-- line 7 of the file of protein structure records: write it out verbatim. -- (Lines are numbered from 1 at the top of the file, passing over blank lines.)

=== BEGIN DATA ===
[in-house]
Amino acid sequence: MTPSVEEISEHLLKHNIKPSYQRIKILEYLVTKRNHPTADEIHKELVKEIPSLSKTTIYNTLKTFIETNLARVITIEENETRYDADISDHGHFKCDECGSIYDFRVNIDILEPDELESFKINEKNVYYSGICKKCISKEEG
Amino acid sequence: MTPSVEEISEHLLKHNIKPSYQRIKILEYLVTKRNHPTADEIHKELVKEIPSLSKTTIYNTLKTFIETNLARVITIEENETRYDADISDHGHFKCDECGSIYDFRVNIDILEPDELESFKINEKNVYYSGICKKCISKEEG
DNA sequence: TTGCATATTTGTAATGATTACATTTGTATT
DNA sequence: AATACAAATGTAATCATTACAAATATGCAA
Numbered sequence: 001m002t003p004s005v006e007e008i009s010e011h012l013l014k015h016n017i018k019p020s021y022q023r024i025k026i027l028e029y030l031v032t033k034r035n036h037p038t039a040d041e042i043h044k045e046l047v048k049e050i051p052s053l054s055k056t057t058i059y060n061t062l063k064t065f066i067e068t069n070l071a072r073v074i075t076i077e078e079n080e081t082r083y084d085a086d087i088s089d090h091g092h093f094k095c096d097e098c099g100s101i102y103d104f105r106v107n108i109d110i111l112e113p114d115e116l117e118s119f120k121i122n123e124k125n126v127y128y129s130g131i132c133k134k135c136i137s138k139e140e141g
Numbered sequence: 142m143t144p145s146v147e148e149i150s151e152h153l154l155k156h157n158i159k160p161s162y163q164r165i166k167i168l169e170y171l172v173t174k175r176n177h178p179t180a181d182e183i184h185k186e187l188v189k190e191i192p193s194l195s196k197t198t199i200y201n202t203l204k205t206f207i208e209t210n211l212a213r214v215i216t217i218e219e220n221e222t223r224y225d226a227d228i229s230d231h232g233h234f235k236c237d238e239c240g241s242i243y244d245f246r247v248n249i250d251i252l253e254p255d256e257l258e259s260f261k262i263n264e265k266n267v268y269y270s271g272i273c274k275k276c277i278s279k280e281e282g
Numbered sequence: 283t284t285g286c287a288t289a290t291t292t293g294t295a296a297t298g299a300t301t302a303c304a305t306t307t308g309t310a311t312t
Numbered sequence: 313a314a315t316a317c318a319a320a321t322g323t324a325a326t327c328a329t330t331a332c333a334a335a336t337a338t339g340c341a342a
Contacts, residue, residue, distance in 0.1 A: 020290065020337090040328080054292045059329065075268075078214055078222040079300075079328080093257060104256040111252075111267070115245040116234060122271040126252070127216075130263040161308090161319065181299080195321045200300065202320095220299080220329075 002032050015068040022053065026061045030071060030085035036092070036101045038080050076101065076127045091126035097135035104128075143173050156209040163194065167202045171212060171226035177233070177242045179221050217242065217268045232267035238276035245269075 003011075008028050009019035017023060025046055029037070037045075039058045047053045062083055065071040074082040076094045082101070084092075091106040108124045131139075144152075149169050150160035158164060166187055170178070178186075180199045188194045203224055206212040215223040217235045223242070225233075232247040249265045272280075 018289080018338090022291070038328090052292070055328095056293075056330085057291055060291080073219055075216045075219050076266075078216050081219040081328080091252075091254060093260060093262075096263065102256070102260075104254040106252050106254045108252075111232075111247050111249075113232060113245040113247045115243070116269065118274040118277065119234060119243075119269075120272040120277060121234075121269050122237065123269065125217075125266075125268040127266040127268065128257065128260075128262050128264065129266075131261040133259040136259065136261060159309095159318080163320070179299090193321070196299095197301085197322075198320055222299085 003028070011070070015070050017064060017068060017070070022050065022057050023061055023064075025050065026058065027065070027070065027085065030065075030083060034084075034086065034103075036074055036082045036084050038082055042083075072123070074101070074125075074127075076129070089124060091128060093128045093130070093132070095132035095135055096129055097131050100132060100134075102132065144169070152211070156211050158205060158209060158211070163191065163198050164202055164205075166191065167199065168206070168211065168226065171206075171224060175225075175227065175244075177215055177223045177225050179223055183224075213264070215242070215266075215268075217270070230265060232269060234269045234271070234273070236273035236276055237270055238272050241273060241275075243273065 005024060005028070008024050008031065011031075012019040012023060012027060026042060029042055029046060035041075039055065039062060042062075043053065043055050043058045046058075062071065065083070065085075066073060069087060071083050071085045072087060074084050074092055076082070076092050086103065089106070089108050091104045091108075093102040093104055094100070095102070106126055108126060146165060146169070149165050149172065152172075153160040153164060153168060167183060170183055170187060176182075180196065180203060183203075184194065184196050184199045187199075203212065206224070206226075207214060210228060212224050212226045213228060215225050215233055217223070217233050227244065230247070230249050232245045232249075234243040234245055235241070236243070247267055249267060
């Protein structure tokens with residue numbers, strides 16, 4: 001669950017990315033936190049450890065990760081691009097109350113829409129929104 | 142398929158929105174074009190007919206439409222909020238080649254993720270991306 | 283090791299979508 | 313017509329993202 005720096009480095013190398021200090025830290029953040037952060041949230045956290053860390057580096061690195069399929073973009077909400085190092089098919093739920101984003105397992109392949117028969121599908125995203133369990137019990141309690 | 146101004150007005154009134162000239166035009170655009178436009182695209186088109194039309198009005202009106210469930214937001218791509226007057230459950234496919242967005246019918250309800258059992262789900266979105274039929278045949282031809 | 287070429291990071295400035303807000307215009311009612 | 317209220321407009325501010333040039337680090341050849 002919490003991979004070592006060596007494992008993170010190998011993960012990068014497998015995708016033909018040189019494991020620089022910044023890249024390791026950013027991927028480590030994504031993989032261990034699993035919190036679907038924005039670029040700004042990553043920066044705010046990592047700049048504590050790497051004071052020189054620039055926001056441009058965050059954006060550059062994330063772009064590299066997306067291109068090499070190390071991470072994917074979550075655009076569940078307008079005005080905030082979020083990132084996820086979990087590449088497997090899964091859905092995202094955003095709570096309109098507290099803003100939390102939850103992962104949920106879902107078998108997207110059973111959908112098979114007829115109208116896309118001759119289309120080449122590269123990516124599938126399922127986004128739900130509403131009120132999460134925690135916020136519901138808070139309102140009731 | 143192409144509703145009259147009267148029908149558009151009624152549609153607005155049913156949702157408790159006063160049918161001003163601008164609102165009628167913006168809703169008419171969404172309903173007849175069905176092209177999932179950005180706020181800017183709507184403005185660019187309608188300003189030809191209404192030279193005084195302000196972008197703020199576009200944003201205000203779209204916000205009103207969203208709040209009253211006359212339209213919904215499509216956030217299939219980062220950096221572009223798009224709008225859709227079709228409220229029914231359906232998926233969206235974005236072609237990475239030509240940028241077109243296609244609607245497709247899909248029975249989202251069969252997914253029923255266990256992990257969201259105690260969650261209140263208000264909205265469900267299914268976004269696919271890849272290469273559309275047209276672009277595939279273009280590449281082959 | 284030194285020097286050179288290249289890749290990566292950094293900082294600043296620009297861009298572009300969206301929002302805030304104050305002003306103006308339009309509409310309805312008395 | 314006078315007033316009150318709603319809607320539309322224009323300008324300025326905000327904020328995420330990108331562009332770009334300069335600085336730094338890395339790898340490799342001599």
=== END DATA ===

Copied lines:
Numbered sequence: 142m143t144p145s146v147e148e149i150s151e152h153l154l155k156h157n158i159k160p161s162y163q164r165i166k167i168l169e170y171l172v173t174k175r176n177h178p179t180a181d182e183i184h185k186e187l188v189k190e191i192p193s194l195s196k197t198t199i200y201n202t203l204k205t206f207i208e209t210n211l212a213r214v215i216t217i218e219e220n221e222t223r224y225d226a227d228i229s230d231h232g233h234f235k236c237d238e239c240g241s242i243y244d245f246r247v248n249i250d251i252l253e254p255d256e257l258e259s260f261k262i263n264e265k266n267v268y269y270s271g272i273c274k275k276c277i278s279k280e281e282g